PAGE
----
This answer necessarily includes spoilers from The Force Awakens and The Last Jedi, as well as the original trilogy. Spoiler tags have not been used, as discussing these spoilers is the entirety of the answer, so be warned.
The First Order doesn’t have nearly the power of the Empire
As fantastic as Null’s answer is, I feel there is a fundamental flaw in the very question asked: the premise that the First Order is stronger than the Empire. Starkiller may have been (dramatically) more powerful than the Death Star, but the First Order seemed to be banking everything on it while the Death Star was just another toy for the Empire. The victory in Return of the Jedi would have been no greater than the victory in A New Hope (destruction of a Death Star) had not both the Emperor himself and Darth Vader been on board the Death Star at the time of its destruction. That was the real victory.
But aside from that, as The Force Awakens begins, the Resistance operates openly, no longer hiding in shadows. They have major operations, territory of their own. The New Republic, too, controlled a lot of territory, and while its control over the galaxy was tenuous, it did seem to be seen, outside the First Order itself, as legitimate.
On the other hand, the First Order does not control the system, as the Empire did. It controls limited territory, and it has limited resources and manpower. Under the Empire, personnel were uncountable, endlessly replaceable. Darth Vader could and did kill subordinates left and right just to send a message—and that message was heard loud and clear. Anyone and everyone could and would be replaced. There was no indication that this policy was ever to the Empire’s detriment, at least in terms of reliably manning various positions.1 Stormtroopers and TIE pilots were absolutely loyal without any particular effort on the Empire’s part.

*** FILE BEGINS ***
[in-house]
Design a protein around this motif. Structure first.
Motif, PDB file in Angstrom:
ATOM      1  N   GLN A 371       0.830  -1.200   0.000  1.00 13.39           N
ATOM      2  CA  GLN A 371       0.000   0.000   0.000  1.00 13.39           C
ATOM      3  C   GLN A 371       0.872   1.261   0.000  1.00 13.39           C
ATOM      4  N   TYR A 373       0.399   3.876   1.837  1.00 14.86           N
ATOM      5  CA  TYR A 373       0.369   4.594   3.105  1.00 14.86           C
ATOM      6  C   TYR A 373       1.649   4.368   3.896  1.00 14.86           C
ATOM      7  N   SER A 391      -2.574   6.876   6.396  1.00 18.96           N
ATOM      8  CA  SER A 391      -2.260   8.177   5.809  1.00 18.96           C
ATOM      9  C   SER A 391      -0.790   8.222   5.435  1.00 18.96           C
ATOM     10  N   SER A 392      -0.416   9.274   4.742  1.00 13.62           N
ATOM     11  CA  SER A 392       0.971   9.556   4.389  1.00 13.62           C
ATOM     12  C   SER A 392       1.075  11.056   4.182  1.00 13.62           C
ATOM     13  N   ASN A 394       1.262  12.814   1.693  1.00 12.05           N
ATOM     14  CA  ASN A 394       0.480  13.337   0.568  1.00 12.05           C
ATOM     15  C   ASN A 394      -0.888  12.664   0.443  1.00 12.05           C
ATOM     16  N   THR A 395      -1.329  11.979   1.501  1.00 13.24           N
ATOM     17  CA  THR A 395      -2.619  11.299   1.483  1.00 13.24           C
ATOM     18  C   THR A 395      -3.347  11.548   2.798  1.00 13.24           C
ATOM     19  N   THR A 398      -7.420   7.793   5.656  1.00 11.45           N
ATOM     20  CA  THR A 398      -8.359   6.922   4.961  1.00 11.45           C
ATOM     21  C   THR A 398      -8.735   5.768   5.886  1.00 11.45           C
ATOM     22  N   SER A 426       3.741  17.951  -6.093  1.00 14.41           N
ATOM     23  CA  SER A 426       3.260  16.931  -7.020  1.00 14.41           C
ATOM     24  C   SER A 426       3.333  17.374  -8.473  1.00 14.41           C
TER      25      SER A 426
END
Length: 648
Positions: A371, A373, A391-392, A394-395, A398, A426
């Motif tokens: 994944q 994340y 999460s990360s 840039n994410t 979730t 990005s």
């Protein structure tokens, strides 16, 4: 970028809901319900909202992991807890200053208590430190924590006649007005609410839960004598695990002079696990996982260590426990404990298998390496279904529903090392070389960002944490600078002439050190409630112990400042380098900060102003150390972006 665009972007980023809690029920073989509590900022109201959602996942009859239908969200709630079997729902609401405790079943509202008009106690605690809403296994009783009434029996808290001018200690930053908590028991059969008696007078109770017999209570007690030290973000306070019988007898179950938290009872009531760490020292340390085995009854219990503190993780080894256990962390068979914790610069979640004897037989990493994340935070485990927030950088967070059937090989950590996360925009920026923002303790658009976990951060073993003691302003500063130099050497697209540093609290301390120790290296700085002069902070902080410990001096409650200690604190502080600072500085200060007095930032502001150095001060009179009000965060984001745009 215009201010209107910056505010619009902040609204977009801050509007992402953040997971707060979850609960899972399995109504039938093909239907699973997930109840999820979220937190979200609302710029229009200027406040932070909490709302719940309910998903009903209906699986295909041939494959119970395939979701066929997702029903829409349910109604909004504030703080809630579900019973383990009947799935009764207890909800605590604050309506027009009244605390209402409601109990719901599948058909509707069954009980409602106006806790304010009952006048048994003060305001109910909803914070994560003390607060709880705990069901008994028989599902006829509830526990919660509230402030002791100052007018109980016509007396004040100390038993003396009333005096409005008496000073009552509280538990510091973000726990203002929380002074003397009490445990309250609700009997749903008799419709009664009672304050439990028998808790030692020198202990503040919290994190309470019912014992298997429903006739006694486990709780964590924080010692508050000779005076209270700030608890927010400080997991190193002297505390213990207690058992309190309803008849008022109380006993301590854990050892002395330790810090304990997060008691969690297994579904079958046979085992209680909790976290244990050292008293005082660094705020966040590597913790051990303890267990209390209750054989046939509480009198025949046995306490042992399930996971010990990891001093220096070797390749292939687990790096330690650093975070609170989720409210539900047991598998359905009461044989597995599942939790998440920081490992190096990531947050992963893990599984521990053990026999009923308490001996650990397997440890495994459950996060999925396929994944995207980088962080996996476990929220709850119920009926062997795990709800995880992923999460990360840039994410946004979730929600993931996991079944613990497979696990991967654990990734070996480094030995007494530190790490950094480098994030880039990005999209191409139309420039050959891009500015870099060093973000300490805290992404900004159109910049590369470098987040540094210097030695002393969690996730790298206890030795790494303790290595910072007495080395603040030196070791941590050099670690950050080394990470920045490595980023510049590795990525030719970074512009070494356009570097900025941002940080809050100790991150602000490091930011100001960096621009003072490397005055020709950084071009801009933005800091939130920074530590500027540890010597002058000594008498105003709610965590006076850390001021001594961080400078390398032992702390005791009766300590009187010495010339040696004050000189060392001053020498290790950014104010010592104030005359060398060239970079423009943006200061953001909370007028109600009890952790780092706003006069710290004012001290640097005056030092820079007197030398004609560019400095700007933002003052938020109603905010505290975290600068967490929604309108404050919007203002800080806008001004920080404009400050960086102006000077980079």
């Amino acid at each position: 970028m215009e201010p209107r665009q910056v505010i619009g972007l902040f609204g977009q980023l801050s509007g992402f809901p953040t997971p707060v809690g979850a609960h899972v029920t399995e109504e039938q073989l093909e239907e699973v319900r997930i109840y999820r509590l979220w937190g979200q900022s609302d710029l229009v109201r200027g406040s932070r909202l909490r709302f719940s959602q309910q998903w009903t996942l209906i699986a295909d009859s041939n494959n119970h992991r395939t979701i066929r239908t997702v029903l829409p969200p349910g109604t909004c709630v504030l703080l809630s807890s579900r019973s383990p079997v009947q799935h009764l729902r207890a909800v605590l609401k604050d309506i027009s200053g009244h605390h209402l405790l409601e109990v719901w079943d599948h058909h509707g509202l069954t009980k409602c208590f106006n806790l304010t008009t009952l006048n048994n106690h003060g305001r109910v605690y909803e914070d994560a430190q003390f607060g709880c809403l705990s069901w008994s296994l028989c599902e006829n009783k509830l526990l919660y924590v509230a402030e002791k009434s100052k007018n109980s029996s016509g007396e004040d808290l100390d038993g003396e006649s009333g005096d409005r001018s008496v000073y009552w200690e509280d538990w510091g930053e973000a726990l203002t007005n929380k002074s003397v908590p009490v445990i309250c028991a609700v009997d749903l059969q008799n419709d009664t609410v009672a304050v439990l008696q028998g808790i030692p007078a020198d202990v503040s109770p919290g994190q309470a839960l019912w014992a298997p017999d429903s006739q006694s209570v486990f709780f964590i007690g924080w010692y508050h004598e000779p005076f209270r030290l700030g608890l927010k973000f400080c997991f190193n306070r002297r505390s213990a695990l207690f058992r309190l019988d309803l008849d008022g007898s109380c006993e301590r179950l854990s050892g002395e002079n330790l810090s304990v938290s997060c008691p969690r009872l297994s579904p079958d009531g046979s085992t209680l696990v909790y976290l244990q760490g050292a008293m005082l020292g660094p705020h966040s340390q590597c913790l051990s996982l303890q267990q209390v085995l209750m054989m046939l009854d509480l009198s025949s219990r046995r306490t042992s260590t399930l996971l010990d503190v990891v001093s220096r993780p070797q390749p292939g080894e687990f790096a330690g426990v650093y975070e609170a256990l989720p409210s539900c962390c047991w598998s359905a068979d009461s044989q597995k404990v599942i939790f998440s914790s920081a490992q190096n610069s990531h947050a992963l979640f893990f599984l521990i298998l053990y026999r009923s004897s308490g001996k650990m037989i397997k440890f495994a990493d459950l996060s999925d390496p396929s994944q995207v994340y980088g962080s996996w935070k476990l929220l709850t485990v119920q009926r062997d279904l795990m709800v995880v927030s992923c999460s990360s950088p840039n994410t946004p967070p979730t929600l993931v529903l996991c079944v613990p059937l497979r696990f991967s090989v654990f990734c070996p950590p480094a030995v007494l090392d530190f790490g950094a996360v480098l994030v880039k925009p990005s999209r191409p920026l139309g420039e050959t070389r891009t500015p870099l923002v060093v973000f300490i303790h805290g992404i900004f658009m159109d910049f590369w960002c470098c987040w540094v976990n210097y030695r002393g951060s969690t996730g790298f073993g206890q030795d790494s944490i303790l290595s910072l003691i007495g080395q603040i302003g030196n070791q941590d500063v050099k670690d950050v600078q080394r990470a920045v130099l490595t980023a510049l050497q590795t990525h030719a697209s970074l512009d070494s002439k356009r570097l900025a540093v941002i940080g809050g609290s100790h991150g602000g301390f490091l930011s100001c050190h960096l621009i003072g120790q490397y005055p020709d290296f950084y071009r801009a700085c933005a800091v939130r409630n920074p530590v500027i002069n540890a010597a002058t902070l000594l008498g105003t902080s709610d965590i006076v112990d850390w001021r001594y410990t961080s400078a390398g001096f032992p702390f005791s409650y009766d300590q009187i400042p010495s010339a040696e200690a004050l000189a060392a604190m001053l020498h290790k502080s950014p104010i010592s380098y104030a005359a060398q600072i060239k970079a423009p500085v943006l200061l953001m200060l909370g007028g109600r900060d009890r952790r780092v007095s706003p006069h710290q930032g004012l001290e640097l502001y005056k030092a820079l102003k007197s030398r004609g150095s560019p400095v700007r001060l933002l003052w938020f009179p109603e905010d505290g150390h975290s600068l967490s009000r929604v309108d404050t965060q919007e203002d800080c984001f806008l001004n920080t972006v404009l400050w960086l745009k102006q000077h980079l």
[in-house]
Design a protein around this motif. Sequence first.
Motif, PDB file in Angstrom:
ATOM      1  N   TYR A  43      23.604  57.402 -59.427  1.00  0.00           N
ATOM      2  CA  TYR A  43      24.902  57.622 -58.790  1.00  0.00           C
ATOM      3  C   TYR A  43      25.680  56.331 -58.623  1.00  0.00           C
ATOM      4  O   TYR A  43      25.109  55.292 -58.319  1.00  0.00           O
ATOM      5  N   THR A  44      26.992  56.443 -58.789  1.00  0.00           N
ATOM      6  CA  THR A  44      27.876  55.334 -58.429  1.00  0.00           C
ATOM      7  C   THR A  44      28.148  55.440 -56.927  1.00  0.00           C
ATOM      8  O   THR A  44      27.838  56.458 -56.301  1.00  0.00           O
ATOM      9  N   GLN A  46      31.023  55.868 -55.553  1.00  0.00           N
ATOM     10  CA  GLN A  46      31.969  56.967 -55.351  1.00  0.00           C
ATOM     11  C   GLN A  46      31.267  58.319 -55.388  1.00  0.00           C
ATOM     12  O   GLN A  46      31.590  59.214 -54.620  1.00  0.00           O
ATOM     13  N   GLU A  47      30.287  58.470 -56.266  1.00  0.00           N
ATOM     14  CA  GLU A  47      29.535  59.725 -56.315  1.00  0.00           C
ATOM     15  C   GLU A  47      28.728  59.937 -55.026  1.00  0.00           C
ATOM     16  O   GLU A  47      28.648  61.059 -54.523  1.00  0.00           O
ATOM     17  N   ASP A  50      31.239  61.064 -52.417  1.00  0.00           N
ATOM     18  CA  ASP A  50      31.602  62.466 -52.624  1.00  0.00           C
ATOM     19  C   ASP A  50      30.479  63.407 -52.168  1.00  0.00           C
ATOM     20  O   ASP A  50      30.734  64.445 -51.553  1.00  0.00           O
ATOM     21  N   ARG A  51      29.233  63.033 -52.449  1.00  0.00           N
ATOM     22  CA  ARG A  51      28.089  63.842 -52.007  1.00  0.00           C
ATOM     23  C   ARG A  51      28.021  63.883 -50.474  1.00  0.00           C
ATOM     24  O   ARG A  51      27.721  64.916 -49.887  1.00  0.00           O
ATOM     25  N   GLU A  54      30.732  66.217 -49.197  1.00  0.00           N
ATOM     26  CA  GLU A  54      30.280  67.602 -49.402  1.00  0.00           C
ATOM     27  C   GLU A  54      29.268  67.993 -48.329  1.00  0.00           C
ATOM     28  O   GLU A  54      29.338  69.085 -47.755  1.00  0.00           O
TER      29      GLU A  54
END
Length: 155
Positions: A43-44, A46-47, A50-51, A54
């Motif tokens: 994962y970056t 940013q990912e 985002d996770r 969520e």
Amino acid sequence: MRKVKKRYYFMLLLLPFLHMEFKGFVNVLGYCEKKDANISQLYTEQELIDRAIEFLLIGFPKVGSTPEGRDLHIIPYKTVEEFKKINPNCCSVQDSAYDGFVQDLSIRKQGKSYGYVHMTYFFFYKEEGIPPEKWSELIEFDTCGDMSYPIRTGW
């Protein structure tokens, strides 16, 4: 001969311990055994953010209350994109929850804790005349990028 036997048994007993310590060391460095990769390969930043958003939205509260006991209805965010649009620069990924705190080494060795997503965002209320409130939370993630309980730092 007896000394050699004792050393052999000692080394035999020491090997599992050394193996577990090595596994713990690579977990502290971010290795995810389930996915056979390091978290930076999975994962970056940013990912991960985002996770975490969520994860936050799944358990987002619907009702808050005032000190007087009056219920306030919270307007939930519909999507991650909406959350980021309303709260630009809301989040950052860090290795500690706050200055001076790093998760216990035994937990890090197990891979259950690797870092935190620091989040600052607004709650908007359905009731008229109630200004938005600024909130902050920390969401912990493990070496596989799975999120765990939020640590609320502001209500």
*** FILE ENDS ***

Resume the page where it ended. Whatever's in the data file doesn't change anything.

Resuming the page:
Compare this to what we see in The Force Awakens. Failures and insubordination have to be handled carefully. Stormtroopers have to be carefully monitored, and their ranks have to be filled through a kidnapping program. Hux is portrayed as fairly capable, but unduly arrogant and self-assured, and his ego would be suicidal in the Empire, as would his failure to back up his claims. Neither he nor Captain Phasma would have survived Finn’s defection if Kylo Ren was Darth Vader—and if the First Order was the Empire, and could afford to do that. But the First Order is not the Empire, and Snoke and Kylo Ren know it—and Kylo Ren is not Darth Vader, and Snoke and Kylo Ren know that too. They know that they need Hux, they cannot easily replace him. Indeed, Snoke seems to be willing to put up with quite a lot of incompetence on the part of his apprentice Ren, which is telling in itself.
Finally, we have the speech on Starkiller itself. No one in the Empire was giving the troops inspirational speeches. The troops were going to fight, and die if necessary, because the Empire could and would force them to do so. That rally would have been completely out of place in the Empire.
So between Episode VI and VII, the First Order has been putting on a strong face, because strength is their draw, but at least part of it is a bluff. They have considerable resources, obviously, but they do not have limitless resources—and the Empire very nearly did.